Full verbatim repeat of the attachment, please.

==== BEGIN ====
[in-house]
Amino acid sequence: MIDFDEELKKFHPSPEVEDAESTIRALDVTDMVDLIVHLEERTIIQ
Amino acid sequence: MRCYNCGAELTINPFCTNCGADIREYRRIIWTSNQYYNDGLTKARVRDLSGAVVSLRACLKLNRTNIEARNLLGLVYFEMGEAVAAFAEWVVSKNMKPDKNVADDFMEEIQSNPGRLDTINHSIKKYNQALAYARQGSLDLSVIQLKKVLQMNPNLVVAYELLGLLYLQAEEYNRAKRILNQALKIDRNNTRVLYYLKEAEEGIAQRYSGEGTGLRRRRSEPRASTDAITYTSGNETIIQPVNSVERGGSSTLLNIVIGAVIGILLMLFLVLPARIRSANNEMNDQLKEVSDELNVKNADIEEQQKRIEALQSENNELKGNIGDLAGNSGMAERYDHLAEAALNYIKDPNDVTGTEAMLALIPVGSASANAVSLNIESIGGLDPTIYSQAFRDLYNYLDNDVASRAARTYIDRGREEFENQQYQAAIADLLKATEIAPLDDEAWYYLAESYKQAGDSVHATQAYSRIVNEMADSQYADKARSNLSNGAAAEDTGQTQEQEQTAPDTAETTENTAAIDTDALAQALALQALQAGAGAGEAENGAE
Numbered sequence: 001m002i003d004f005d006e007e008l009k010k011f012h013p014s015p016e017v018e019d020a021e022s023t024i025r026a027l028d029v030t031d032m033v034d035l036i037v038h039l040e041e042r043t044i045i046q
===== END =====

[in-house]
Amino acid sequence: MIDFDEELKKFHPSPEVEDAESTIRALDVTDMVDLIVHLEERTIIQ
Amino acid sequence: MRCYNCGAELTINPFCTNCGADIREYRRIIWTSNQYYNDGLTKARVRDLSGAVVSLRACLKLNRTNIEARNLLGLVYFEMGEAVAAFAEWVVSKNMKPDKNVADDFMEEIQSNPGRLDTINHSIKKYNQALAYARQGSLDLSVIQLKKVLQMNPNLVVAYELLGLLYLQAEEYNRAKRILNQALKIDRNNTRVLYYLKEAEEGIAQRYSGEGTGLRRRRSEPRASTDAITYTSGNETIIQPVNSVERGGSSTLLNIVIGAVIGILLMLFLVLPARIRSANNEMNDQLKEVSDELNVKNADIEEQQKRIEALQSENNELKGNIGDLAGNSGMAERYDHLAEAALNYIKDPNDVTGTEAMLALIPVGSASANAVSLNIESIGGLDPTIYSQAFRDLYNYLDNDVASRAARTYIDRGREEFENQQYQAAIADLLKATEIAPLDDEAWYYLAESYKQAGDSVHATQAYSRIVNEMADSQYADKARSNLSNGAAAEDTGQTQEQEQTAPDTAETTENTAAIDTDALAQALALQALQAGAGAGEAENGAE
Numbered sequence: 001m002i003d004f005d006e007e008l009k010k011f012h013p014s015p016e017v018e019d020a021e022s023t024i025r026a027l028d029v030t031d032m033v034d035l036i037v038h039l040e041e042r043t044i045i046q